Improving English and maths attainment is not exactly a new priority for government and it will be tough to do, writes David Robinson
Given the scale of this ambitious reform, it could easily have been otherwise. Looking ahead, it will be fascinating to see what these students progress onto, and what their eventual employment outcomes will be.
There have been concerns about the experience of T Level students, with the availability of work placements being amongst the most common.
However, whilst T Levels so far look like a rewarding qualification for students, the more pressing issue relates to which students will pursue them in the future, and what the options are for those that don’t.
The option for alternative programmes of study became clearer in May, when the Department for Education (DfE) published a provisional list of 160 qualifications that overlap with the initial T Levels.
Upon the completion of an appeals process, qualifications still on the list will be defunded from 2024.
Their removal is certainly a live issue, and was debated in parliament this week. This follows a petition urging the reversal of plans to remove funding for BTECs gaining 108,000 signatures.
Those against the proposals argue that reducing choice will harm progression for many young people.
On the other hand, the government point toward a need to streamline post-16 education, noting that some BTECs will continue to be funded.
To improve understanding of what the removal of these qualifications may mean for young people, the Education Policy Institute undertook an analysis.
We wanted to see how many students in previous cohorts took overlapping qualifications, and whether they would have been able to take T Levels instead.
Our analysis showed one-third of students taking level 3 technical or applied general qualifications were taking qualifications that may be defunded.
The issue is particularly acute amongst education students, where as many as nine in ten would be affected. Once the overlapping qualifications have been defunded, these students may be expected to take T Levels.
However, around a third of these students may not be ready for the more demanding nature of T Levels.
The challenge may be greater for construction students, with almost half potentially not ready for T Levels.
The demanding nature of T Levels may present barriers to significant take-up
Specifically, over a quarter of students (27 per cent) don’t achieve at least a grade 4 in GCSE English and maths.
Previously, it was necessary to achieve this threshold to secure a full T Level pass. This requirement has since been removed, but it nevertheless remains a common requirement, from providers in order to access T Levels.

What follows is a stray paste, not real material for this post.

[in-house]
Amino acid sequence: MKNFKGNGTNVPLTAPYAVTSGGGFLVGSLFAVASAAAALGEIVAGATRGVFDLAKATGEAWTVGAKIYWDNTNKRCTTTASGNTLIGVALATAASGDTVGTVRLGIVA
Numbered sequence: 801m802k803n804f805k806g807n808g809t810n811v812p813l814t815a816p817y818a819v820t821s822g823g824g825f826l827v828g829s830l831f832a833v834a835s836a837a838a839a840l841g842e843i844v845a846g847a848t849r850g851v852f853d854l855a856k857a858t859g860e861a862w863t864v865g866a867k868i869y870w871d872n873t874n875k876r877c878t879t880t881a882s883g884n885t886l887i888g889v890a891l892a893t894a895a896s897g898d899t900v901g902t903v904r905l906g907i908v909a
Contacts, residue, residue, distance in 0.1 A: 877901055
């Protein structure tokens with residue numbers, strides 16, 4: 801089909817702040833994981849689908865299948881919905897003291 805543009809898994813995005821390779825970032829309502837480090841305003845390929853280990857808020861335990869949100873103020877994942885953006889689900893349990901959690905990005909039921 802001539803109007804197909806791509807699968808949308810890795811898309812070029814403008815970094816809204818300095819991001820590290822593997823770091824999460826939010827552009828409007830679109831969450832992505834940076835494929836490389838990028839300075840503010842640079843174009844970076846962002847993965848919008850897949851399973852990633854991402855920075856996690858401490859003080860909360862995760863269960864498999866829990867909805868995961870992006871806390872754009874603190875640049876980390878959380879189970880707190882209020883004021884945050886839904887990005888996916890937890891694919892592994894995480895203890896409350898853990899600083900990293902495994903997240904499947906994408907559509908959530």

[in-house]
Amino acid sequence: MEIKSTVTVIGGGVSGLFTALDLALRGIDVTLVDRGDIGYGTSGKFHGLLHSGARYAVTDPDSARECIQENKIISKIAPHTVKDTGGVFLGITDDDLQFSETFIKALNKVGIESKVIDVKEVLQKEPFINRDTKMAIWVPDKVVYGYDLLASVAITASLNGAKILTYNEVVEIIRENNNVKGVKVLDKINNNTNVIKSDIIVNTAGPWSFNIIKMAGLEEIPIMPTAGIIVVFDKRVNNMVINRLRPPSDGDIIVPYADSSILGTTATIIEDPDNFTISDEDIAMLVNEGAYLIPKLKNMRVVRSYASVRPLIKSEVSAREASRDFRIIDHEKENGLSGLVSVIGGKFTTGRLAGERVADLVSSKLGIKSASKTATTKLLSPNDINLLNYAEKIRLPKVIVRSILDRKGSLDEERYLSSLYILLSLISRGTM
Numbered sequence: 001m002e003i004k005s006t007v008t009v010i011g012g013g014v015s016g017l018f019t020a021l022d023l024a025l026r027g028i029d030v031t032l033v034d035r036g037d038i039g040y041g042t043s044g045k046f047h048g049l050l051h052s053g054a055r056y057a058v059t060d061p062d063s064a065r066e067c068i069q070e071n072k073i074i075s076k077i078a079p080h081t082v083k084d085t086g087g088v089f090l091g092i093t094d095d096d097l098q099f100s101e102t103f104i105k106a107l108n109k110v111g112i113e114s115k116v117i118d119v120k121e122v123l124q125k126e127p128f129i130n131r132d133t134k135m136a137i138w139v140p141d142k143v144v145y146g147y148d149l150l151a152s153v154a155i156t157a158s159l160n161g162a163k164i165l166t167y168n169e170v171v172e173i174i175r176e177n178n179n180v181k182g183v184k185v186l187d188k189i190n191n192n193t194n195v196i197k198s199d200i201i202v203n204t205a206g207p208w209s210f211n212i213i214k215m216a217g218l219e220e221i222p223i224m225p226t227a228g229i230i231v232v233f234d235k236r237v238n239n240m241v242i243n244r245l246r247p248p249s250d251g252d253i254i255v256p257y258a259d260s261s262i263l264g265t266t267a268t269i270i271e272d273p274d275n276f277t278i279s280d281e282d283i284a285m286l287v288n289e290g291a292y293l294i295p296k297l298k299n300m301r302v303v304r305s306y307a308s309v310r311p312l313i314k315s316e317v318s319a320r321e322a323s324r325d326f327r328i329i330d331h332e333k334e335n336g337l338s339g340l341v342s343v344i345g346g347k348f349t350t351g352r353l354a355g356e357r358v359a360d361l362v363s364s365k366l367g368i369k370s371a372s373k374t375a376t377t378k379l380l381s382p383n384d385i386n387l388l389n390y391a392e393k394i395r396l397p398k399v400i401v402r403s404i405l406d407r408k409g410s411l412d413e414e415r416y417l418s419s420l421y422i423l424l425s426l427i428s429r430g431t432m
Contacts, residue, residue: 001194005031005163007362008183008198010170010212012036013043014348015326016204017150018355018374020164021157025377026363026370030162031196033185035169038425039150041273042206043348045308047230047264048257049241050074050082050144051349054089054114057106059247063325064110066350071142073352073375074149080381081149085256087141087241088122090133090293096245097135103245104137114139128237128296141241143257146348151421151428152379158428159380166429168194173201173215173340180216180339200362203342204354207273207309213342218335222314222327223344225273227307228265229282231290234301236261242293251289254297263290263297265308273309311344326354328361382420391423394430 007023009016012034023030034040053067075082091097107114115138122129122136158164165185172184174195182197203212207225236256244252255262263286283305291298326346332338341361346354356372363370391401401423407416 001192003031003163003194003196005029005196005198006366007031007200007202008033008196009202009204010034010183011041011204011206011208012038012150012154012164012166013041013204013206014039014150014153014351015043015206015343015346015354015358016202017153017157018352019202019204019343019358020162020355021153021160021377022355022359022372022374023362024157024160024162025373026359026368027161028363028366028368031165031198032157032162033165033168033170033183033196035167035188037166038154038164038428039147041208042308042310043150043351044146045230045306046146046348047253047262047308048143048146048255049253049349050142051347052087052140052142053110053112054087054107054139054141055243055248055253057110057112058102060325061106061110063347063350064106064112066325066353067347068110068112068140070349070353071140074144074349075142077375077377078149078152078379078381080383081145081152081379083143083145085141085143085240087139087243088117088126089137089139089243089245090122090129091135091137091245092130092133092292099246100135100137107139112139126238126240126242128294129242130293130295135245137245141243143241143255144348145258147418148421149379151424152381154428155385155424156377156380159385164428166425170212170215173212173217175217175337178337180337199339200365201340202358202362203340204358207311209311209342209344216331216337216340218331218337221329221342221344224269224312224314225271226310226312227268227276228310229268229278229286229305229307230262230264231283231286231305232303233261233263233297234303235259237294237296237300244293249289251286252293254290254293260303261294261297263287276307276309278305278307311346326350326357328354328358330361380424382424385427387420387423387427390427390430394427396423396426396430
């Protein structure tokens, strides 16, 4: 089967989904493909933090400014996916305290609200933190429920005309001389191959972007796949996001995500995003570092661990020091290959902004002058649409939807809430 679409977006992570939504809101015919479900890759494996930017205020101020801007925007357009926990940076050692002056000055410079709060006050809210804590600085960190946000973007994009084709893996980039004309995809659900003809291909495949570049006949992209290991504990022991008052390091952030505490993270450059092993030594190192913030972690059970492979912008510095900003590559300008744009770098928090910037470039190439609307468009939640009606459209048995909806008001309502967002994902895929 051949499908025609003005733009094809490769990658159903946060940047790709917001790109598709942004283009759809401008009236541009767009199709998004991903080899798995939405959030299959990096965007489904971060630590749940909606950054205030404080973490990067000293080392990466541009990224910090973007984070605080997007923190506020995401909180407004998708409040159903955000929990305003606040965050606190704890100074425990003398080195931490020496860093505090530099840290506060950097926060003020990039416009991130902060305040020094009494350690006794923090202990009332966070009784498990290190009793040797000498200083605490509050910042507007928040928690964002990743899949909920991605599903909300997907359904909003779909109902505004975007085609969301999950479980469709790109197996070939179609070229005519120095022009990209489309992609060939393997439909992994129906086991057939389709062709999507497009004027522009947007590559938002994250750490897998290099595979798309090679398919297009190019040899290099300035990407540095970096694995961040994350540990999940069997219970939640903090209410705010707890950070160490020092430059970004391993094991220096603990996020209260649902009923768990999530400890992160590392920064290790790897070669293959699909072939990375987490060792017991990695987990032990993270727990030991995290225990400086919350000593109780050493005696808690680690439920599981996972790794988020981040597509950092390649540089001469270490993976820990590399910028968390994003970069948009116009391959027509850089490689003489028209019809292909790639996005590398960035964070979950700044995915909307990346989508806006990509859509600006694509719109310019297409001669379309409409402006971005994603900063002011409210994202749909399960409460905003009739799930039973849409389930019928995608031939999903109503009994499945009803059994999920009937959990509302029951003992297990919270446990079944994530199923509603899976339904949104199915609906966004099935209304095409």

Concerningly, almost a third (32 per cent) of health students haven’t achieved these grades. This is followed by 27, 26 and 22 per cent of education, construction and digital students respectively.
In addition, almost one in six students (16 per cent) were taking smaller study programmes than T Levels, suggesting they may not have the appetite or capacity for a larger qualification.
These figures are derived from cohorts without access to T Levels, and as the new qualifications are fully rolled out, many factors will influence their take-up.
Indeed, DfE has introduced a transition year to support students to progress onto T Levels, and this analysis does not take account of that.
Nevertheless, it’s clear the demanding nature of T Levels may present barriers to significant take-up.
This may particularly be the case for students interested in education qualifications, given so many alternatives may be removed, and for those interested in construction, given the step up in qualification size and how few students appear to have the necessary GCSE grades.
More broadly, policymakers will need to consider how to enable more young people to achieve the GCSE grades to access T Levels.
This will be tough. Improving English and maths attainment at age 16 would not exactly be a new priority for the government.
And, despite several years of the resit policy being in place, it’s still the case that (prior to the centre/teacher assessed grades of the pandemic) less than half of students improve their grade upon resit.
Without the government doubling down on existing efforts, many of these students may take one of the remaining non-T Level qualifications.
But the fear is that more students will instead opt for lower-level qualifications or drop-out of education altogether.
This is concerning, not least as almost two in five young people don’t achieve a full level 3 by the age of 19.
T Levels appear to be a good option for many students. But DfE must tread carefully to ensure the success of their new qualifications, without creating a new fault line in the progression of young people.